On Aug. 7, the 20-member squad defeated four other school districts -- Jackson, Scott City, Cooter and Meadow Heights -- to place first at the regional competition at Perry Park in Perryville. For years the junior high squad has taken top honors at the regional contest.
"I've never been more proud of 20 girls as I was that day," said sponsor Sheri Mitchell. "Whether they were performing or cheering from the sidelines, these girls gave it their all. They deserved nothing less than first place."
All of the practices, obstacles and worry was all worth it the minute the girls stepped foot on the mat, Mitchell said.
"According to the judges, our routine was in the advanced category," Mitchell said. "Some of the high school squads didn't do as advanced as we did."
Mitchell said the squad began its routine with a powerful opener, including standing back handsprings, back-tucks, cross tumbling and ending it with four liberties. They continued the energy with a catchy cheer, complete with three full downs from extensions.
"The momentum only built when they ended their routine with a fast-paced 'hott' dance, having the crowd standing on their feet," Mitchell said.
Mitchell admitted there aren't a lot of junior high schools that compete at regionals, but it's just enough competition, she said.
New this year to the competition was the use of mats. A new rule by the Missouri State High School Athletics Association mandates cheerleaders use mats if they perform basket tosses, Mitchell explained.
"It just started this year and it was different for us because we're used to competing on the floor," Mitchell said.
But lucky for the squad, the R-6 district purchased mats for the junior high and high school cheerleaders a couple weeks before the competition. The mats actually made it easier, squad captain Emily Eaves said.
"It gives everybody a little more confidence and you can throw stunts you wouldn't throw on hardwood floors," said Eaves, who is a main base.
Junior high cheerleading squads aren't allowed to compete at the state level, Mitchell said.
So why go through the process?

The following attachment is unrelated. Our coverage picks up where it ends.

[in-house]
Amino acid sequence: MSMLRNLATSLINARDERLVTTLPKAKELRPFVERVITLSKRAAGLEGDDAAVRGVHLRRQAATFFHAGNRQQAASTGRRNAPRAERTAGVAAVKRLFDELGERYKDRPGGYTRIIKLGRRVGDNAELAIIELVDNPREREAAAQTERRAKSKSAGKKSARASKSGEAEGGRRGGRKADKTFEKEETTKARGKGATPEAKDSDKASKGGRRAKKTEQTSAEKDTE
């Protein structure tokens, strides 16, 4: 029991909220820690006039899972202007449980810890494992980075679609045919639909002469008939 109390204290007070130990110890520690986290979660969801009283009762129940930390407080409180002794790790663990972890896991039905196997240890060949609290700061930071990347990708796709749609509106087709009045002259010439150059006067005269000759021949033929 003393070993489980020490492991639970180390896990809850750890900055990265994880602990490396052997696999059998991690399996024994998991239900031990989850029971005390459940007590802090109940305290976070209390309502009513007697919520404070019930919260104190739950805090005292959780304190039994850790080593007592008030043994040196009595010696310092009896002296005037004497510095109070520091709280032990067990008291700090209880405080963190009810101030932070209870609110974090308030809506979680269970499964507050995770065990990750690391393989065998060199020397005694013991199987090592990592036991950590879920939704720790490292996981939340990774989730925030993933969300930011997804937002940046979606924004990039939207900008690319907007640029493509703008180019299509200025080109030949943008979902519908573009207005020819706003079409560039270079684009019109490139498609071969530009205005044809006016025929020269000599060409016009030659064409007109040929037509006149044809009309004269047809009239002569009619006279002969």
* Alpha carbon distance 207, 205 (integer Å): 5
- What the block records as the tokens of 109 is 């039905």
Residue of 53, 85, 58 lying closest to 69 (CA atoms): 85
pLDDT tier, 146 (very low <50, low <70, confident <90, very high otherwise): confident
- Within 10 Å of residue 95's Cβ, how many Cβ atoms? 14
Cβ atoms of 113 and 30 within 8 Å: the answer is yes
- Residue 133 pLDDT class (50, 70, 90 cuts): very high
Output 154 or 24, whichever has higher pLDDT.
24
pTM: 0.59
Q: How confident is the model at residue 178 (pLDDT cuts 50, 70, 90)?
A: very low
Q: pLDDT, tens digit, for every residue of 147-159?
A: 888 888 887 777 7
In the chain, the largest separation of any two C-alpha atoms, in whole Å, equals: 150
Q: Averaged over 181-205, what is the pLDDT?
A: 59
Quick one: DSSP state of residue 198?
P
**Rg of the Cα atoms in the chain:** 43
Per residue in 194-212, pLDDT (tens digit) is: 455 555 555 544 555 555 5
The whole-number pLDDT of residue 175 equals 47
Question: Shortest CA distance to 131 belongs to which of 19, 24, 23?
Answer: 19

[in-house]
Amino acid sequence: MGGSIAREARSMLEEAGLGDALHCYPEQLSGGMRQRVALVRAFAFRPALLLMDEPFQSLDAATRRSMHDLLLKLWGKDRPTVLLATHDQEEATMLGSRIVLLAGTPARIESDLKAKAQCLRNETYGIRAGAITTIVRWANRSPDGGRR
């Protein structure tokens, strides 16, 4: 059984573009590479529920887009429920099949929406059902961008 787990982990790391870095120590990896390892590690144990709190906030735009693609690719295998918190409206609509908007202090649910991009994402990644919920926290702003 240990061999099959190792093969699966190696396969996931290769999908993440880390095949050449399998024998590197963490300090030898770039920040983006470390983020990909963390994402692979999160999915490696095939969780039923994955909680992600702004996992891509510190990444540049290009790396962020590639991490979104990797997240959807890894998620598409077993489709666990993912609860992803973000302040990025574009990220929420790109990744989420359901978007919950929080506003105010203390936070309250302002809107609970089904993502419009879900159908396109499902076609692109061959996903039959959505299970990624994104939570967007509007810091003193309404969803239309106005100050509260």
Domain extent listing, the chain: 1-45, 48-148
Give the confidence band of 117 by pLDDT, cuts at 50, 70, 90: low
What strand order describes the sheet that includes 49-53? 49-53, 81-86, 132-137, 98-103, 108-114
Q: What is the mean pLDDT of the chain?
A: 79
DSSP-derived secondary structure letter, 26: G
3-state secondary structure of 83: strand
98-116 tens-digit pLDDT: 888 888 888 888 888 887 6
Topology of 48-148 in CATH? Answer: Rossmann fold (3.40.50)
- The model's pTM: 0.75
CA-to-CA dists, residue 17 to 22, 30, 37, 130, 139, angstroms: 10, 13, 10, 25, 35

"Going to regional helps when they get in high school, and it's a good learning experience," Mitchell said.
The girls start practicing for regionals in April. During the summer they practice every day, and now that the new season started, the squad practices once a week.
"Nobody realizes how much time we put in -- and we put in as much or more than the other sports," Eaves said. "We don't stop. Our season is year round."
Mitchell attributes the cheerleaders' success -- both past and present -- to several things.
"It's something Sikeston really takes pride in and the girls really try hard and practice hard," Mitchell said.
Early involvement by the girls in gymnastics and dance schools also plays a big role.
"Many of these girls started at 5 or 6 years old," Mitchell said. "They get started in it really early, and I think that's why they always do so well."
It's a team effort, Mitchell said. She commended the girls and their parents for their cooperation and support.
Eaves, who shares squad captain duties with Ginny Matthews, said she thinks the success is due to the coaches putting in so much time and effort with the squad.
"I think our squad wants to be the best. We're all here to help and support each other," Eaves said.
Eaves started cheering at the beginning of her sixth grade year and said she definitely plans to continue cheering in high school.
"It's such a big tradition in Sikeston, and I feel lucky to be a part of it," Eaves said.